Last week, two 5th-grade girls addressed the Atlanta school board, asking that the board change the dress code so that girls might be allowed to wear skintight leggings, which are currently prohibited unless girls are wearing a skirt or shorts over the leggings. The board will announce its decision in January.
Three weeks ago, I led a full-day statewide conference in Illinois, hosted by the Illinois State Board of Education, and attended by more than 100 school administrators from across the state. I learned that the public schools in Evanston, Illinois have adopted a new dress code that allows students to wear almost anything they want, as long as the genitalia and the nipple of the breast are covered in opaque fabric. As a result, I was told, it is now common for girls to come to school wearing skintight leggings and a tight camisole that begins just above the breasts and ends above the belly button. That confirms my observations at more than 400 schools over the past 16 years. In 2001, it would have been unusual for a teenage girl to come to school wearing a very short skirt and a sheer mesh top, with the bra visible beneath the mesh. Now it’s becoming common.
Barbara Fredrickson and her colleagues at the University of Michigan conducted a study that bears on this issue. They randomly assigned college women and men to wear either a bulky sweater or a swimsuit. The men wore swim trunks, the women wore one-piece bathing suits. Each volunteer was seated in a small room: no windows, no observers. Each volunteer was then asked to take a math quiz. Fredrickson and her team then compared how women wearing swimsuits performed on the quiz compared with women who were wearing bulky sweaters, and likewise for the men.
What happened? The men who were wearing swim trunks did slightly better than the men who were wearing bulky sweaters. The women who were wearing swimsuits did much worse than the women who were wearing bulky sweaters: they got only about half as many questions right as the women who were wearing sweaters. And remember, the women in this study were in a closed room with no windows and no observers. Subsequent research has replicated and extended this finding.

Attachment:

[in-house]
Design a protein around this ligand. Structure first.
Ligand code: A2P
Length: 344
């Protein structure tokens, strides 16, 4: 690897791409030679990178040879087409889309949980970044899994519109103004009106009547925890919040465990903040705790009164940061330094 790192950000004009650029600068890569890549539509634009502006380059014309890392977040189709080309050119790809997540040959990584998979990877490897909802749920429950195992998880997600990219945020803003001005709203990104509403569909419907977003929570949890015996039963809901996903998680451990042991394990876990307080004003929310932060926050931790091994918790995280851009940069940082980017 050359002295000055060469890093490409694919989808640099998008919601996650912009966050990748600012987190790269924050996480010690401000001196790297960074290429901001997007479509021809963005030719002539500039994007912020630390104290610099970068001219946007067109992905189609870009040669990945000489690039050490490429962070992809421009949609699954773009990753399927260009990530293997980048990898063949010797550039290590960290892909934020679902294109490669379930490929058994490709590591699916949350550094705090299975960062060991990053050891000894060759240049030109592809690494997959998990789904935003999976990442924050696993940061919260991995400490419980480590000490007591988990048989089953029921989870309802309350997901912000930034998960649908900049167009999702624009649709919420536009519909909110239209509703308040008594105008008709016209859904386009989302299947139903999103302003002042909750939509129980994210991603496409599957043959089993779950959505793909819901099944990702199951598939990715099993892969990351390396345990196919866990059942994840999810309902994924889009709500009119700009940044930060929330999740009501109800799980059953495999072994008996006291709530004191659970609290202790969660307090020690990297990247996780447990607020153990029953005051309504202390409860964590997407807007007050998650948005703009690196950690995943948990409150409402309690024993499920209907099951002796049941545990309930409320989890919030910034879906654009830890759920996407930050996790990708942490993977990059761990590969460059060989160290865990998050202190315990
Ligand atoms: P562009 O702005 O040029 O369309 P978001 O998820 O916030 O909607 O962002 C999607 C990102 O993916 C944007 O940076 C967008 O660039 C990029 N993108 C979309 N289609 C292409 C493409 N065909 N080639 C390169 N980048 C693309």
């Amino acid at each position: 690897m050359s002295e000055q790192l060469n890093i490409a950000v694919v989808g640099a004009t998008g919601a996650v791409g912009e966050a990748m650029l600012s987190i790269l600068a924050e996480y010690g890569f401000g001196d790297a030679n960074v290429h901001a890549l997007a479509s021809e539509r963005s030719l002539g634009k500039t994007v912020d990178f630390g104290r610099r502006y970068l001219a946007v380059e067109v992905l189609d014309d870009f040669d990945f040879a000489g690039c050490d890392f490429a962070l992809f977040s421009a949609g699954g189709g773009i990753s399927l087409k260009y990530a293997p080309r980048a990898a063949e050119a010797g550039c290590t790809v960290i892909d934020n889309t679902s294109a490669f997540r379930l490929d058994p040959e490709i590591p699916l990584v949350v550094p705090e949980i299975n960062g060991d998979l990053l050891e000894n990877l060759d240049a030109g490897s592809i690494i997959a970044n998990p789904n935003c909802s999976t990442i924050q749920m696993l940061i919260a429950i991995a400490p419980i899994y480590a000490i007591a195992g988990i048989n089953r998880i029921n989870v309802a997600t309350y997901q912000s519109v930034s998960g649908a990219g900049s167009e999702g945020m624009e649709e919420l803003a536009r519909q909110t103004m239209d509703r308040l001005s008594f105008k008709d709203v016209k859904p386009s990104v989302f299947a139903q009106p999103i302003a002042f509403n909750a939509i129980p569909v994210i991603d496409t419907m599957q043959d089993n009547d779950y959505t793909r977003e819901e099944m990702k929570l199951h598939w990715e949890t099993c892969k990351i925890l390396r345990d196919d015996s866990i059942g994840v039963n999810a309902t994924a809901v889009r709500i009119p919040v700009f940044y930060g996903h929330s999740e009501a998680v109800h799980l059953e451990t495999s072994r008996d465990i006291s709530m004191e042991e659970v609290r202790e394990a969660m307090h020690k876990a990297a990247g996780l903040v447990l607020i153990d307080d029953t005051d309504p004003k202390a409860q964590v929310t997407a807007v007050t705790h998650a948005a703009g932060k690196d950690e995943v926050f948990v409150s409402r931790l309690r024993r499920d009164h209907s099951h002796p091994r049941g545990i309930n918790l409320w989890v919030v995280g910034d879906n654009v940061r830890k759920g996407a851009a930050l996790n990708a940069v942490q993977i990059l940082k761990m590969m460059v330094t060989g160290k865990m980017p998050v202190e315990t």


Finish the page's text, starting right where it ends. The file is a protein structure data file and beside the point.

We actually have quite a bit of research now on what happens when a girl or woman wears skintight leggings or a swimsuit. Often what happens is “self-objectification”: the girl, or woman, assesses herself as an object on display for others. And the more public the setting, the more likely self-objectification is to occur.
Self-objectification is distracting. It’s hard to concentrate on Spanish grammar when you’re wondering whether this outfit makes your thighs look fat. Girls who self-objectify are more likely to become depressed. They are less likely to be satisfied with their body. They are more likely to engage in self-harm.
Parents: please explain to your daughters, and to your sons, that it's not a good idea to go to school wearing revealing clothes, regardless of the policy of the school district. Don’t hesitate to play the role of the strict parent, if necessary. When your daughter goes to school wearing loose-fitting slacks and a baggy sweater, while her girlfriend is wearing leggings and a tight camisole and nothing else, and the other girl asks your daughter “Why are you wearing that?”—it’s not reasonable to expect your daughter to answer primly, “Researchers have found that girls who wear revealing clothes are more likely to self-objectify and to suffer various other adverse outcomes.” It’s much easier for her to say, “I didn’t want to wear this stupid outfit! My evil parents made me do it!”
When I visit schools and speak with students, some girls have told me that they resent the restrictions of the dress code. They feel that the prohibitions on wearing leggings, hot pants, brassiere tops, etc. (where such prohibitions still exist) are in place to prevent the boys from being distracted. I share the relevant research with those girls. I tell them: The most important issue here is not whether girls who wear leggings and brassiere tops are distracting the boys. The more important question is whether girls are distracting themselves. And the evidence suggests that they may be.